This week’s topic is the effect of the jet stream on weather and,
From the North Pole to the South Pole there are generally four jet streams. One hundred or so kilometre-wide bands of air current that wrap around the earth. Eleven kilometres above us at the interface of two zones in our atmosphere, the Troposphere (rough zone) and the Stratosphere (calm zone), jet streams whirl and undulate around the globe, largely in an easterly direction. They have a huge influence on the winds, weather formations, and even ocean currents far below them. When there is a change in the jet steams we down here on earth notice.
One study by R. D. Hudson, coming out of the University of Maryland’s Department of Atmospheric and Oceanic Science, showed that over the last three decades the polar jet streams North and South have moved gradually toward the equator and the sub-tropical jet streams have moved pole-ward. The study explains that changes in jet stream position lead to stream undulations becoming more erratic with entire aerial waves breaking off causing storm formations that are increasingly more powerful and destructive.
It is theorized that a generalized increase in the temperature worldwide, partially brought on by greenhouse gases such as CO2 getting trapped in the Troposphere and in turn holding heat in, is resulting in polar ice packs melting. The sun’s radiative heat that used to bounce off the ice is now being absorbed by dark ocean water. The water is heating up and moving away from the poles by currents, which in turn, heats the air above it. The unprecedented temperature increases of the atmosphere above the polar regions is causing jet streams to move in unpredictable ways and, in the process, is causing great upheaval in our weather.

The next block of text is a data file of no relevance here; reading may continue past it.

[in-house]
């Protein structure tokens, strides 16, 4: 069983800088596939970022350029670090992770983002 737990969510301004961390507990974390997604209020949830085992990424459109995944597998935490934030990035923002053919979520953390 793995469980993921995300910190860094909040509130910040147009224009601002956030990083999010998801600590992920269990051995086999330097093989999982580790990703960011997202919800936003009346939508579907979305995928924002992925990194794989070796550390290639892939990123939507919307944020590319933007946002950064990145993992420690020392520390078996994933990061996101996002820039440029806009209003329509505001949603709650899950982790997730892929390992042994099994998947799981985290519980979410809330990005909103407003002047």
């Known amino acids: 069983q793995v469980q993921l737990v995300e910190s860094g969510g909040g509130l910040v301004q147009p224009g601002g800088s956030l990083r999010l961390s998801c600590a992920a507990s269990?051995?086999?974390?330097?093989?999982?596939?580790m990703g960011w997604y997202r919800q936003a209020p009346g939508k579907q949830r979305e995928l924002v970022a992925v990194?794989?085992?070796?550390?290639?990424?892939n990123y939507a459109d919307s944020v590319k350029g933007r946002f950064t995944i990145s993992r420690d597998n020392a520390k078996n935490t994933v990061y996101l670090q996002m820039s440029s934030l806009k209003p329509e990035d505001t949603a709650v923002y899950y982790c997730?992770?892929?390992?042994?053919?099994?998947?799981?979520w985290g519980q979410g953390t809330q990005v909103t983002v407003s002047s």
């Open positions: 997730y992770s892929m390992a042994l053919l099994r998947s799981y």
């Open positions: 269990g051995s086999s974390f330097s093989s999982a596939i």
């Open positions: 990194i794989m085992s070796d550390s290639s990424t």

Hudson and his team studied one small feature of the jet stream-weather puzzle, a means to evaluate their boundaries illuminated by differences in ozone concentrations along jet stream fronts.
Traditionally, jet streams and weather in general are tracked by a worldwide network of weather stations sending up weather balloons carrying aloft electronic recording devices that transmit readings back to earth. When the balloons pop, often at an altitude of twelve to fifteen kilometres and some two hundred kilometres away from their lift-off position, the electronics (equipped with parachutes) sometimes make it back to earth.
Using Hudson’s method of evaluating ozone from satellite scans, the study of jet streams has become much easier, less expensive and has served to greatly increase the body of information available making a clearer understanding of the causes of climate change possible. Atmospheric scientists do not yet have the complete answer but are getting closer, thanks to the work of Hudson and many other researchers.